Outlawing sustainability

The states of Kansas and North Carolina have a lot more in common than a shared basketball legacy.  They also have  legislatures that are embarrassing the good people of both states.  While  the exploits of our own Tarheel Taliban have been making national headlines lately, the Kansas State Legislature has too.  It’s hard to believe, but they have actually proposed a bill outlawing sustainability.

The bill, HB 2366, would outlaw the use of public funds for sustainability efforts. It defines sustainability as  “a mode of human development in which resource use aims to meet human needs while preserving the environment so that these needs can be met not only in the present, but also for generations to come, but not to include the idea, principle or practice of conservation or conservationism.”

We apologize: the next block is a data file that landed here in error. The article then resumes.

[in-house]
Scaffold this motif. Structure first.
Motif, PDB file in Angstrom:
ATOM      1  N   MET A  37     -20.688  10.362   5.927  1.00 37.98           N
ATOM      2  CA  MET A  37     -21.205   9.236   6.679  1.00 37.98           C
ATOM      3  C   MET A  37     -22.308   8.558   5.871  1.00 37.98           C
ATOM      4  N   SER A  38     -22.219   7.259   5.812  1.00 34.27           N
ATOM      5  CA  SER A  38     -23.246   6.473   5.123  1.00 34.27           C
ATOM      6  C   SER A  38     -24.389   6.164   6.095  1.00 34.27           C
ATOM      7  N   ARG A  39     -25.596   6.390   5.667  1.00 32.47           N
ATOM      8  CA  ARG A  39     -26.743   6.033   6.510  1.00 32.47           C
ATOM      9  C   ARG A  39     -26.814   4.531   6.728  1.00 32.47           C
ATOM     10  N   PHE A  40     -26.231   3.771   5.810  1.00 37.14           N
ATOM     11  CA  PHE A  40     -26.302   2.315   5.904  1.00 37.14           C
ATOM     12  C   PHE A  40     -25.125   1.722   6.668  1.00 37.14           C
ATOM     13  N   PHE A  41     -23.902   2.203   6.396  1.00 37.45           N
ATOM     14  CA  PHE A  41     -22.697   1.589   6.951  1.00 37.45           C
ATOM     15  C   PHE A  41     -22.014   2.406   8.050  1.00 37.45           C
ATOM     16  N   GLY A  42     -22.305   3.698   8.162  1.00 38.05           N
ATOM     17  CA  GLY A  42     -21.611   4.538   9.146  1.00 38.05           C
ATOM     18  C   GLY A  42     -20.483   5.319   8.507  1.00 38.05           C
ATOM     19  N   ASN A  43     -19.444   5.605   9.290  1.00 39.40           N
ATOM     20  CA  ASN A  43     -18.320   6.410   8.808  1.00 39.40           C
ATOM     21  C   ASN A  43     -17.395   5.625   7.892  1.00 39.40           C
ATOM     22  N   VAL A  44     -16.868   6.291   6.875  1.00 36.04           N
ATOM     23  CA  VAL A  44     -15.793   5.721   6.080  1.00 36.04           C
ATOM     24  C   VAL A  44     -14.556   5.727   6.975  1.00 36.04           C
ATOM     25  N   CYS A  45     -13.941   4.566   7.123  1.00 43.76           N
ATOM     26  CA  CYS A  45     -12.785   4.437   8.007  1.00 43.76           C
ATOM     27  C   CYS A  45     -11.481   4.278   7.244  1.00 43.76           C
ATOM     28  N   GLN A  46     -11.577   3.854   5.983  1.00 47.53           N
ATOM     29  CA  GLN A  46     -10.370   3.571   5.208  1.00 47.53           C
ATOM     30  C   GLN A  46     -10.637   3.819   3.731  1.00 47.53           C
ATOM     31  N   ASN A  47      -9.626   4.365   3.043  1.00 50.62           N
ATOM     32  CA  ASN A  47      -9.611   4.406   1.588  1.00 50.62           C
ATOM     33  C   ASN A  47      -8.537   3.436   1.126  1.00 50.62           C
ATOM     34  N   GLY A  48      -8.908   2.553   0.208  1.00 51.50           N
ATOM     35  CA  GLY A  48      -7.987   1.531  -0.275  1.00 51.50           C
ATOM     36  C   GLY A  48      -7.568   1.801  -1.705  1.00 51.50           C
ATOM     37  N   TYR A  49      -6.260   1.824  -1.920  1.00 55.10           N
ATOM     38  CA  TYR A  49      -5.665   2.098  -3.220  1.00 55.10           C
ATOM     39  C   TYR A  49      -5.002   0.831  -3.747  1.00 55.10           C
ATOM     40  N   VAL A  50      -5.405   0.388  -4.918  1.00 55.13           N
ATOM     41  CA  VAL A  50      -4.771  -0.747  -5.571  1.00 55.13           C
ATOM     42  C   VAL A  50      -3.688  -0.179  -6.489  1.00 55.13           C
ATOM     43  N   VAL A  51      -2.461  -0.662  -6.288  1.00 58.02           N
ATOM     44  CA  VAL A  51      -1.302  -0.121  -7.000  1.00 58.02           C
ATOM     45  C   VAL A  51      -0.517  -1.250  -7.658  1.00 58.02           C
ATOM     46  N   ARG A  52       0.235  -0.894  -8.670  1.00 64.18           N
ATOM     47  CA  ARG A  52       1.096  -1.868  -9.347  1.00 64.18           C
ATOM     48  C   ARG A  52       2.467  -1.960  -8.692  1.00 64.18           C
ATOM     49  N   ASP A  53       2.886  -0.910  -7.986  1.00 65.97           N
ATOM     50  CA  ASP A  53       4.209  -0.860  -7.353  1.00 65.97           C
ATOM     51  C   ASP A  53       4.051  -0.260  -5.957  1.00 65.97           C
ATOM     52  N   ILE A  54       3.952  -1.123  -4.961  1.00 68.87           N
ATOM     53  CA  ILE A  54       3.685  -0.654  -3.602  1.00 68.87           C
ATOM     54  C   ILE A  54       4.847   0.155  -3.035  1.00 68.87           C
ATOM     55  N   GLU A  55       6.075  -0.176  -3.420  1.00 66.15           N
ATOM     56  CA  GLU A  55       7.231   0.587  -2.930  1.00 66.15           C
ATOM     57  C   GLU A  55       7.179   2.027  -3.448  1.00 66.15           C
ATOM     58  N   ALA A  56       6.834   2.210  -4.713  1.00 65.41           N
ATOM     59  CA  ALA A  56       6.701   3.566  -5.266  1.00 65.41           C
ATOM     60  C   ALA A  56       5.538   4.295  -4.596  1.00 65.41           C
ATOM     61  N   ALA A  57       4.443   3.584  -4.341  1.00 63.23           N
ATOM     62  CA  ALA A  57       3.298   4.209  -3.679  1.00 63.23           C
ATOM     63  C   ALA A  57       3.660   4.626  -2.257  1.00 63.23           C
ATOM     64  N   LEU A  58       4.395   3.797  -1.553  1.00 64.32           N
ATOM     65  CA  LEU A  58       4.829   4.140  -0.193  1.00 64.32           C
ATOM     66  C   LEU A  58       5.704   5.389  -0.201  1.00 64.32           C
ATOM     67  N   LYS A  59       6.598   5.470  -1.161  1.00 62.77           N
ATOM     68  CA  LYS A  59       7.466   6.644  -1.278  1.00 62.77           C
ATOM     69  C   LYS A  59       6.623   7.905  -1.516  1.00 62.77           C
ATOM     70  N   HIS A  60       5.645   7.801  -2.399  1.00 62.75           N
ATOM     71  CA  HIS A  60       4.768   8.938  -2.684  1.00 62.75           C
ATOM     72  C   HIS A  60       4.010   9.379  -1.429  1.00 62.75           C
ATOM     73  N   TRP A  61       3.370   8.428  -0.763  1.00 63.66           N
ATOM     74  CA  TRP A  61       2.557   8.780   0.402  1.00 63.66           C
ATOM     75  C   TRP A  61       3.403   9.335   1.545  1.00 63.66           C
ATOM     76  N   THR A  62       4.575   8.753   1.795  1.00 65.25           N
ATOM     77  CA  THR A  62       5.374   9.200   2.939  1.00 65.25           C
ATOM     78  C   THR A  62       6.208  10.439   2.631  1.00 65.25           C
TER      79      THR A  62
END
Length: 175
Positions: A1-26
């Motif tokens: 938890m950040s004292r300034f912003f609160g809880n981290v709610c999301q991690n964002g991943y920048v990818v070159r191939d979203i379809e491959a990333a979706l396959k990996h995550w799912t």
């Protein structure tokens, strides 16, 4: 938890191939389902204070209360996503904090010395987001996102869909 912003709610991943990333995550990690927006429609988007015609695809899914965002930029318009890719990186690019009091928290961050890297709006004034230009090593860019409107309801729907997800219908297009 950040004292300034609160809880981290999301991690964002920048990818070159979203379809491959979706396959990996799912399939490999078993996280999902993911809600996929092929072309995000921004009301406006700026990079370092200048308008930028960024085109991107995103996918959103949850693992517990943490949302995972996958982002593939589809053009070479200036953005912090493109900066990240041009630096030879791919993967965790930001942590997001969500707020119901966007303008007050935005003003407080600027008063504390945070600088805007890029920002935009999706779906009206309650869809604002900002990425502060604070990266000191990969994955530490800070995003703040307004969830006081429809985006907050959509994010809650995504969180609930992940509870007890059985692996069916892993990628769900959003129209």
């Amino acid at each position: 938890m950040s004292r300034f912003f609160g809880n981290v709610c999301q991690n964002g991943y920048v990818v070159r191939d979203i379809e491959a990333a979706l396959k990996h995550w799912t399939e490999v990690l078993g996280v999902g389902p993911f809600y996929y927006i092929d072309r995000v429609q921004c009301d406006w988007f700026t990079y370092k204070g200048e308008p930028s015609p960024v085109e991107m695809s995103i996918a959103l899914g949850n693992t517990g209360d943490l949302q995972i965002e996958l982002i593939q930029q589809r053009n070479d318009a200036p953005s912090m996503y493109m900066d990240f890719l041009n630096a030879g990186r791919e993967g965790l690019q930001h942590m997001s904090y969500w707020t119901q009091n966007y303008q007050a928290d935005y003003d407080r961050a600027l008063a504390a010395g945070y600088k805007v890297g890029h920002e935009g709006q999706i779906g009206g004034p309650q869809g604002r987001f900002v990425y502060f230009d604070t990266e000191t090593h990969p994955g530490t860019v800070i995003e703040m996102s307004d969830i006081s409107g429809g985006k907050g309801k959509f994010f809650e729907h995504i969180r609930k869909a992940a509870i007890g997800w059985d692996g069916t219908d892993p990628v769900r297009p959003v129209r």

A recent article pointed out that this very definition of sustainability was lifted verbatim from the Brundtland Report, published by the United Nations World Commission on Environment and Development in 1987.  ( I had no idea this document even existed, or that today the U.N. has it’s own Commission for Sustainable Development.)

The sponsor of the bill,  Kansas Rep. Dennis Hedke (R-Wichita) last year supported a resolution condemning the U.N.’s Agenda 21 sustainability plan.
Hedke, a geophysicist and oil contractor,  is chair of the State Committee on Energy and Environment.  Koch Industries, which happens to be the second-largest privately-held company in the U.S.,  is listed as one of the top contributors to his campaign.

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